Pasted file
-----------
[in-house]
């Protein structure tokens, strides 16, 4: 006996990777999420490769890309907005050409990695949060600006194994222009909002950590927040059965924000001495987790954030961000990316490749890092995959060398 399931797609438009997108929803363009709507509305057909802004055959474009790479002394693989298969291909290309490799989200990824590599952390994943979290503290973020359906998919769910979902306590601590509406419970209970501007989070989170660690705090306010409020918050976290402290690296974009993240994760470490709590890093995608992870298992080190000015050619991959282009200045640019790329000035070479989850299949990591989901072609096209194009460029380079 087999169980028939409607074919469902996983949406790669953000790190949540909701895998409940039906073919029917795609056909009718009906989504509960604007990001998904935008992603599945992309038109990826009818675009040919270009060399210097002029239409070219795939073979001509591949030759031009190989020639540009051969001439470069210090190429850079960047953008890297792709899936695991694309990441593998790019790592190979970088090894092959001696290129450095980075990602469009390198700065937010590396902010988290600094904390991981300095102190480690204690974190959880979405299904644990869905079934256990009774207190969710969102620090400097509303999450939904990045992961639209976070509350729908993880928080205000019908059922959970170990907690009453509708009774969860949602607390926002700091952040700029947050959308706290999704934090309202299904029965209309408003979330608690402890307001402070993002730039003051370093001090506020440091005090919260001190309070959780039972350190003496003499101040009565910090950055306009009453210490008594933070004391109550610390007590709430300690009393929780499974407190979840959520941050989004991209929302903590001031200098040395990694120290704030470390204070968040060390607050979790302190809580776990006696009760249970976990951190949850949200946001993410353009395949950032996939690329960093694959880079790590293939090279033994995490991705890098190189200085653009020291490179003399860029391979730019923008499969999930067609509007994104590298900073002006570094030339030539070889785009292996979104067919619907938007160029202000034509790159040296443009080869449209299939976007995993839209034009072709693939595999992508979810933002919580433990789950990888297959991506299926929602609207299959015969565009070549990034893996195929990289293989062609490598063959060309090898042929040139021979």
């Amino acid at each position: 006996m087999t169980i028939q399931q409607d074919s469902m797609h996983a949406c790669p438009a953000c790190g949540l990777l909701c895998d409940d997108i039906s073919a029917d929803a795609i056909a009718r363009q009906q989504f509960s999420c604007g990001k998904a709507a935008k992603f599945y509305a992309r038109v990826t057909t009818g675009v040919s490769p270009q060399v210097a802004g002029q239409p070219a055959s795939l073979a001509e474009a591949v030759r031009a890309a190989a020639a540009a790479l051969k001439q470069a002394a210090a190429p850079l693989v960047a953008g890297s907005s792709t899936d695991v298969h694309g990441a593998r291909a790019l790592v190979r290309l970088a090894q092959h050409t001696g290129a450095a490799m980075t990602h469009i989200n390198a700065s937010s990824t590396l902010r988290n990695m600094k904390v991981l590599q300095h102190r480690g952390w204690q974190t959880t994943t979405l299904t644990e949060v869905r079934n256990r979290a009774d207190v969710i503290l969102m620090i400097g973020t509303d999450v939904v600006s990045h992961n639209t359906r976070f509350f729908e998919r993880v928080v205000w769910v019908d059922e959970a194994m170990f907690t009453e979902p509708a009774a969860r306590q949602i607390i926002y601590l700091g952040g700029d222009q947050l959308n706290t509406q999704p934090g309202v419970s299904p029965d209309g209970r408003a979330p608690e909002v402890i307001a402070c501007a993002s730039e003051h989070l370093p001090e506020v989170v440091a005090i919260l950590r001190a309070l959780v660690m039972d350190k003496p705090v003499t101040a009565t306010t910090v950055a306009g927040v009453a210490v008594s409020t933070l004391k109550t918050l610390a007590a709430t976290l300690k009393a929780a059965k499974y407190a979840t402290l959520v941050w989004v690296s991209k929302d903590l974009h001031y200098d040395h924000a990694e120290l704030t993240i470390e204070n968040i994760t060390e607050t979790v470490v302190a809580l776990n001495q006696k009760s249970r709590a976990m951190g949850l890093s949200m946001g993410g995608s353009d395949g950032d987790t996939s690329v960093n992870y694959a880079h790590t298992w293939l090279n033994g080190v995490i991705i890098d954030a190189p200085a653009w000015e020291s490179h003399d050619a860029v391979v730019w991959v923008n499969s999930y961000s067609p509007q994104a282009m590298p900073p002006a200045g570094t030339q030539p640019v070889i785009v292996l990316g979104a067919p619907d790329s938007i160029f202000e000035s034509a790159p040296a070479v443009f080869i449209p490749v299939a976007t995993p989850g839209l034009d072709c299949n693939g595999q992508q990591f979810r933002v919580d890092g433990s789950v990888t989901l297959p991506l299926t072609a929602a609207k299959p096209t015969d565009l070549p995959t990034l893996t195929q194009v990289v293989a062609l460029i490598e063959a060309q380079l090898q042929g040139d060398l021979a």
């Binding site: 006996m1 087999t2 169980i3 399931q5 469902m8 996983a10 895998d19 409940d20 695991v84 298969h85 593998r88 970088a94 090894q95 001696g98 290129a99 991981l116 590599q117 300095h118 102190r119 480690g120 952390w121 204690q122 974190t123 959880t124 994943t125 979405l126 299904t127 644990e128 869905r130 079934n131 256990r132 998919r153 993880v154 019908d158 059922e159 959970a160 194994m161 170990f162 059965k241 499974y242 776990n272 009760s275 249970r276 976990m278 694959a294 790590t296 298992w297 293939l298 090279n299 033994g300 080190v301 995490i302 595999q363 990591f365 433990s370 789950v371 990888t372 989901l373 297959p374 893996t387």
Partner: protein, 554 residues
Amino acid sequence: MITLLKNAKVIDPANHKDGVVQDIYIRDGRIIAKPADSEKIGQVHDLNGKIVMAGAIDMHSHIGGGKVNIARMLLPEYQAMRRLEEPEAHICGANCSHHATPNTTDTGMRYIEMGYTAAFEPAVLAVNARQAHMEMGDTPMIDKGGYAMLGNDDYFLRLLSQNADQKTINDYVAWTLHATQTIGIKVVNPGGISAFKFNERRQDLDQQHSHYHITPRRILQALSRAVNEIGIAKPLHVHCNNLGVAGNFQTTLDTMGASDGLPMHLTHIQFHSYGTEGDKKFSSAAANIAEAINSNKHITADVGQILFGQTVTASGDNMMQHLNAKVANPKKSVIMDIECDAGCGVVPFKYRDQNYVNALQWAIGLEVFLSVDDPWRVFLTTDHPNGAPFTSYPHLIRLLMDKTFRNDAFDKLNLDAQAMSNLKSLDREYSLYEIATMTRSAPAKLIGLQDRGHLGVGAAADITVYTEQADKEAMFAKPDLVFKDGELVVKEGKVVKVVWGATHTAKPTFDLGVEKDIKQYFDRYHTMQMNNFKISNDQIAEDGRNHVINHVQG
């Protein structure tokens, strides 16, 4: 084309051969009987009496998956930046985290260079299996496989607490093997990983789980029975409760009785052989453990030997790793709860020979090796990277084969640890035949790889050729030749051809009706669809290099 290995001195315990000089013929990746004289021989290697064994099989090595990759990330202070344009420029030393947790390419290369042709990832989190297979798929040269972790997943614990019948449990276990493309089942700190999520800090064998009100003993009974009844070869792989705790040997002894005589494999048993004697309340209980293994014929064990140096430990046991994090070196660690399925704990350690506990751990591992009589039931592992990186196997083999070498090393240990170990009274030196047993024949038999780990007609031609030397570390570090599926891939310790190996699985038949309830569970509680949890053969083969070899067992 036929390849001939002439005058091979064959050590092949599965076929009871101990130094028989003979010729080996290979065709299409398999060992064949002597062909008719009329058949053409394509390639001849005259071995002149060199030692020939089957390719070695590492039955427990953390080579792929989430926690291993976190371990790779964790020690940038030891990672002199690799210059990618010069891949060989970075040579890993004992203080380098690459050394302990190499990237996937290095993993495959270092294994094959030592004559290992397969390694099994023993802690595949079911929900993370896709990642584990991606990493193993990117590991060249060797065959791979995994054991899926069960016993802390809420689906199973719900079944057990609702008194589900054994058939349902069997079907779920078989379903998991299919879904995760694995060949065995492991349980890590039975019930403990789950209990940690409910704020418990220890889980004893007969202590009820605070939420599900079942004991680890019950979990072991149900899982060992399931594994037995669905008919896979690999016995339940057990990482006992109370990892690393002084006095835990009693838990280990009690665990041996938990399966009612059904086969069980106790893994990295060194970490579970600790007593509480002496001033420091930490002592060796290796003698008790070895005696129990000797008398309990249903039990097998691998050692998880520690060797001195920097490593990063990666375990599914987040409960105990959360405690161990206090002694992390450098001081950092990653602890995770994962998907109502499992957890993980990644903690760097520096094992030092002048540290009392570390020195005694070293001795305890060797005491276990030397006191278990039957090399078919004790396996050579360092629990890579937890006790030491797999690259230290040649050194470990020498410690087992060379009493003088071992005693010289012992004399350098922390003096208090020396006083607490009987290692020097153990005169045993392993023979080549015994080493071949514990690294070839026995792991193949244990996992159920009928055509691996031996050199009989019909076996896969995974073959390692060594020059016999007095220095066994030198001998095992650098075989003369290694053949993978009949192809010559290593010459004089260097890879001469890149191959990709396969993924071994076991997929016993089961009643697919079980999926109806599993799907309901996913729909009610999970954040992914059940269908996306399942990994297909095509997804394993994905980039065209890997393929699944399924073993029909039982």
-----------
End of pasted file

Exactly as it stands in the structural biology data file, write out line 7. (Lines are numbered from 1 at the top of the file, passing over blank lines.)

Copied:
């Protein structure tokens, strides 16, 4: 084309051969009987009496998956930046985290260079299996496989607490093997990983789980029975409760009785052989453990030997790793709860020979090796990277084969640890035949790889050729030749051809009706669809290099 290995001195315990000089013929990746004289021989290697064994099989090595990759990330202070344009420029030393947790390419290369042709990832989190297979798929040269972790997943614990019948449990276990493309089942700190999520800090064998009100003993009974009844070869792989705790040997002894005589494999048993004697309340209980293994014929064990140096430990046991994090070196660690399925704990350690506990751990591992009589039931592992990186196997083999070498090393240990170990009274030196047993024949038999780990007609031609030397570390570090599926891939310790190996699985038949309830569970509680949890053969083969070899067992 036929390849001939002439005058091979064959050590092949599965076929009871101990130094028989003979010729080996290979065709299409398999060992064949002597062909008719009329058949053409394509390639001849005259071995002149060199030692020939089957390719070695590492039955427990953390080579792929989430926690291993976190371990790779964790020690940038030891990672002199690799210059990618010069891949060989970075040579890993004992203080380098690459050394302990190499990237996937290095993993495959270092294994094959030592004559290992397969390694099994023993802690595949079911929900993370896709990642584990991606990493193993990117590991060249060797065959791979995994054991899926069960016993802390809420689906199973719900079944057990609702008194589900054994058939349902069997079907779920078989379903998991299919879904995760694995060949065995492991349980890590039975019930403990789950209990940690409910704020418990220890889980004893007969202590009820605070939420599900079942004991680890019950979990072991149900899982060992399931594994037995669905008919896979690999016995339940057990990482006992109370990892690393002084006095835990009693838990280990009690665990041996938990399966009612059904086969069980106790893994990295060194970490579970600790007593509480002496001033420091930490002592060796290796003698008790070895005696129990000797008398309990249903039990097998691998050692998880520690060797001195920097490593990063990666375990599914987040409960105990959360405690161990206090002694992390450098001081950092990653602890995770994962998907109502499992957890993980990644903690760097520096094992030092002048540290009392570390020195005694070293001795305890060797005491276990030397006191278990039957090399078919004790396996050579360092629990890579937890006790030491797999690259230290040649050194470990020498410690087992060379009493003088071992005693010289012992004399350098922390003096208090020396006083607490009987290692020097153990005169045993392993023979080549015994080493071949514990690294070839026995792991193949244990996992159920009928055509691996031996050199009989019909076996896969995974073959390692060594020059016999007095220095066994030198001998095992650098075989003369290694053949993978009949192809010559290593010459004089260097890879001469890149191959990709396969993924071994076991997929016993089961009643697919079980999926109806599993799907309901996913729909009610999970954040992914059940269908996306399942990994297909095509997804394993994905980039065209890997393929699944399924073993029909039982």